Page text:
Friday, May 07, 2010

We Are STILL Nashville

The waters are going back down below flood level, but the aftermath lingers on.

It's the kind of thing you watch on tv but never think about happening to you. It's business as usual in my community of Bellevue, but you take a wrong turn and see a lake where a soccer field used to be. You drive past a business with a hand-painted "flood cleanup help wanted, 10-15 an hour" sign. You see mountains of bottled water at the front of grocery stores, and moms with kids in tow grabbing the last of the paper plates and plastic cups and baby wipes (conserve water! conserve water!)

Traffic out toward my exit on west I-40 is ridiculous during rush hour, when it is typically easy breezy from Charlotte Pike and beyond. Every day, we see new vehicles from new states carrying heavy-duty hoses, vacuums, ladders, and strange metal pumping devices. I saw fire and water damage business vans from Illinois and Oklahoma driving around the west end of town yesterday. Seriously! Oklahoma. Either we've taken up every free repair company for a 10-hour radius, or people from other states have heard of our plight and are driving our way to do what they can to help.

Thank you!

And, as the British would say, Keep Calm and Carry On, Nashville.

Thursday, May 06, 2010

Thursday Tattle / Put Down That Can!

Today's tattle is again brought to you by my incredulous husband's observant eye and insane drivers everywhere.

This one goes out to you, Mr. Chinese Fire Drill Beer Drinker. You crazy rule-bending road champion. You master of the truckbed cooler.

Somehow, when Nashville authorities asked you to conserve water, you complied by drinking beer? After getting out of your car at a stop light? And walking around behind to the passenger's side of your truckbed? And pulling out a beer from a cooler? And opening it? And drinking it?

And walking back around just before the light turned green, getting back into the driver's seat, and continuing to sip your tasty beverage of choice as you drove away?

Brilliant. Just brilliant.

In the words of that wise sage, Bill Engvall, HERE'S YOUR SIGN.

Wednesday, May 05, 2010

A New Song

Nashville Flood 2010 from Ben De Rienzo on Vimeo.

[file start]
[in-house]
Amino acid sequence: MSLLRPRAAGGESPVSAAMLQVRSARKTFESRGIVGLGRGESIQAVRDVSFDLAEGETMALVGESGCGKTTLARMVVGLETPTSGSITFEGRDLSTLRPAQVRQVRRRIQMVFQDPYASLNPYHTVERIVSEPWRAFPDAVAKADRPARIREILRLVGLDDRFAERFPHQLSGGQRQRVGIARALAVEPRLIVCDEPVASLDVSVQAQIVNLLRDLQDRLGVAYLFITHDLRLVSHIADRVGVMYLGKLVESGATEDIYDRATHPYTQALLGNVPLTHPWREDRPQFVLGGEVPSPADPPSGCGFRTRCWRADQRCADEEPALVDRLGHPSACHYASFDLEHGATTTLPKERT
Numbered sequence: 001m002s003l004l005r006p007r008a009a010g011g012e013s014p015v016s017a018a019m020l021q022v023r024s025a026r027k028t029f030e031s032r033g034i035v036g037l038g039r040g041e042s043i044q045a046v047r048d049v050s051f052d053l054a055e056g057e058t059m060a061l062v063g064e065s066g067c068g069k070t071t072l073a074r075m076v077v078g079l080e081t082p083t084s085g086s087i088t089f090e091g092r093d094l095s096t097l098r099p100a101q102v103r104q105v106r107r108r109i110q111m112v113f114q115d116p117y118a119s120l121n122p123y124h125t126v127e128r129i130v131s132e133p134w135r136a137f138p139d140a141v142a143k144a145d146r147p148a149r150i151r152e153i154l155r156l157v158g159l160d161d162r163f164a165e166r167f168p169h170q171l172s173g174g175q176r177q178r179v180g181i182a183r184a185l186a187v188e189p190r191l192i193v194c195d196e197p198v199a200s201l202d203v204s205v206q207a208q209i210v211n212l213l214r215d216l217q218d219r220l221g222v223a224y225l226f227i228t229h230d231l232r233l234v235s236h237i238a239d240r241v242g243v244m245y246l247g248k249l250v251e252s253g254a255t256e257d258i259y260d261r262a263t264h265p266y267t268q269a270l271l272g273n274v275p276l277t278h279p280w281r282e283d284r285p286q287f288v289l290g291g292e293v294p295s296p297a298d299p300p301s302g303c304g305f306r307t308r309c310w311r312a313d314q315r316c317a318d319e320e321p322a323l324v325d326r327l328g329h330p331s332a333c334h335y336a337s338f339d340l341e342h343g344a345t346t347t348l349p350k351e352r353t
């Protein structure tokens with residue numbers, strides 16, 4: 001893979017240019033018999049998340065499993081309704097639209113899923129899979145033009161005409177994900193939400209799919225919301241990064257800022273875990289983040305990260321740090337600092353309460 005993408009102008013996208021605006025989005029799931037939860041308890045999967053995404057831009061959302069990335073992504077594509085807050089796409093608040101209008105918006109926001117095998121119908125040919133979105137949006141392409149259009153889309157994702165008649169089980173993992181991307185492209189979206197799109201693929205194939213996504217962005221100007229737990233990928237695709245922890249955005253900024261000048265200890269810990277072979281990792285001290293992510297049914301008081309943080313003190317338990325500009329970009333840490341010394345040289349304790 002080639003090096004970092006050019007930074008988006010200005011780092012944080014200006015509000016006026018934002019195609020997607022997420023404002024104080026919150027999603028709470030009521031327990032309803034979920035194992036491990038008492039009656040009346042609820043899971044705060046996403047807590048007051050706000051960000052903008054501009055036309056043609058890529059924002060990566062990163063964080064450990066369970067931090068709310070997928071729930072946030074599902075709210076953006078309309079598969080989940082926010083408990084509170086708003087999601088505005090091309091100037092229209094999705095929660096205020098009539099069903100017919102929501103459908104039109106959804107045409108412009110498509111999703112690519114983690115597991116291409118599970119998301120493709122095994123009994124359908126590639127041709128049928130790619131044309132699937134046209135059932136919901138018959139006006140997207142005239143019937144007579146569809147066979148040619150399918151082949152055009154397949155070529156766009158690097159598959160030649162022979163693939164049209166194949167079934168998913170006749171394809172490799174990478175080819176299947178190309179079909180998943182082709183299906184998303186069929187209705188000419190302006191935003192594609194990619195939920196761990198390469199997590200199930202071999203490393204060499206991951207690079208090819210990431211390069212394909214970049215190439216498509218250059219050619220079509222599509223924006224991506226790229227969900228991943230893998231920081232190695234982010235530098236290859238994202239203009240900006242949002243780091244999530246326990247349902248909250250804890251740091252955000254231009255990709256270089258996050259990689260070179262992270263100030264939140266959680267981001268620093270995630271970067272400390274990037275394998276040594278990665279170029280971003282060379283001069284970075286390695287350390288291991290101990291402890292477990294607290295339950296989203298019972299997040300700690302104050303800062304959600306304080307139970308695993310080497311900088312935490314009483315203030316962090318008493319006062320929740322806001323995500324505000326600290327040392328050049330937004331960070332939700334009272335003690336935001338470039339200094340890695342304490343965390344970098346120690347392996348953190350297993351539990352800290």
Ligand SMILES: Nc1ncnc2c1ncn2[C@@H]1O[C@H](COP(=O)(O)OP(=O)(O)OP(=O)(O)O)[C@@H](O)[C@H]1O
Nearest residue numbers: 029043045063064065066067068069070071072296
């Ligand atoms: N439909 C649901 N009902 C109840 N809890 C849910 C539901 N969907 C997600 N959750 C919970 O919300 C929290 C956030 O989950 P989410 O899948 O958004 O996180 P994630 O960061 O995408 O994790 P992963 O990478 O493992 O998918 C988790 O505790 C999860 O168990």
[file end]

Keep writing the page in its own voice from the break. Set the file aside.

Nashville Needs an Ark!

We didn't float away, but our Internet connection may have.

Nobody expected the disaster from this weekend that ended up with whole streets and sub-divisions under water. For 2 1/2 days, the rains came down and the floods came up. My husband and I, thank God, are safe and sound, with only soggy shoes drying out on our doorstep, a leak in our bathroom ceiling, Facebook status addiction withdrawal from our Internet provider's lack of service (getting right on that, AT&T?), and an army of displaced refugee ants in our kitchen to show that anything happened.

We are sorry to inform the world wide web community that the ants will soon die as they have been feasting for the past 12 hours on delicious and deadly poison drops. I'm sorry. I know that is insect cruelty, but they must go.

The irony is that the floods began at the exact time we started looking around at other apartments and homes for rent in our community. The two places we visited ended up under water not even 24 hours later. I feel deeply saddened for the losses the people in those areas suffered. It's horrible. Devastating. Shocking. Numbing. And yet I can't help but feel a twinge of gladness that we did not apply at either place to rent in the future. Is that horrible? I know this is a flood of epic proportions--we met people who had lived in the Bellevue area of Nashville for nearly 50 years and had not seen anything of this magnitude. But what if it happens again? Suddenly I am shying away from any viewing any property that mentions the descriptors "Cumberland" or "Harpeth" or "River."

The day after the storms, we were able to find one road to get to work for me (and Panera to work remotely for him) on Monday when the interstates and most major secondary roads were still closed. This, after realizing that with only a quarter tank of gas in his car, we should probably get more in case we were stuck or stranded at any point on the way. So we tried. But our stations only accepted cash (and we only had $8). We went to the ATM. It was down. We went to the grocery store and tried to do cash back. Denied. We waited for the bank to open. It didn't. The vault would not open and all lines were down. A very kind teller offered to give us $5 of her own money to get gas (thank you so much, whoever you are!) We thanked her but declined. We had stocked the car with food and water in case we got stuck anywhere, but we needed gas. Fortunately we did find a bank that was open and also a gas station that accepted debit cards a little further down the one road we could take into Nashville. From that point on, the debris and caution tape that had been cut down marked where water had been across the road we took, but it was safe to travel. I made it in to work only two hours late. It was a surreal experience. Since then, our phone service has returned, but the Internet is still down and my access is limited to work hours.

Please pray for the flood victims. Daniel and I are hoping to contribute in some way. I almost feel guilty that we were spared anything more than inconveniences, when neighbors a mere 5-10 minutes down the road from us lost everything and were rescued by boat from the second stories of their homes.

Photo by: president raygun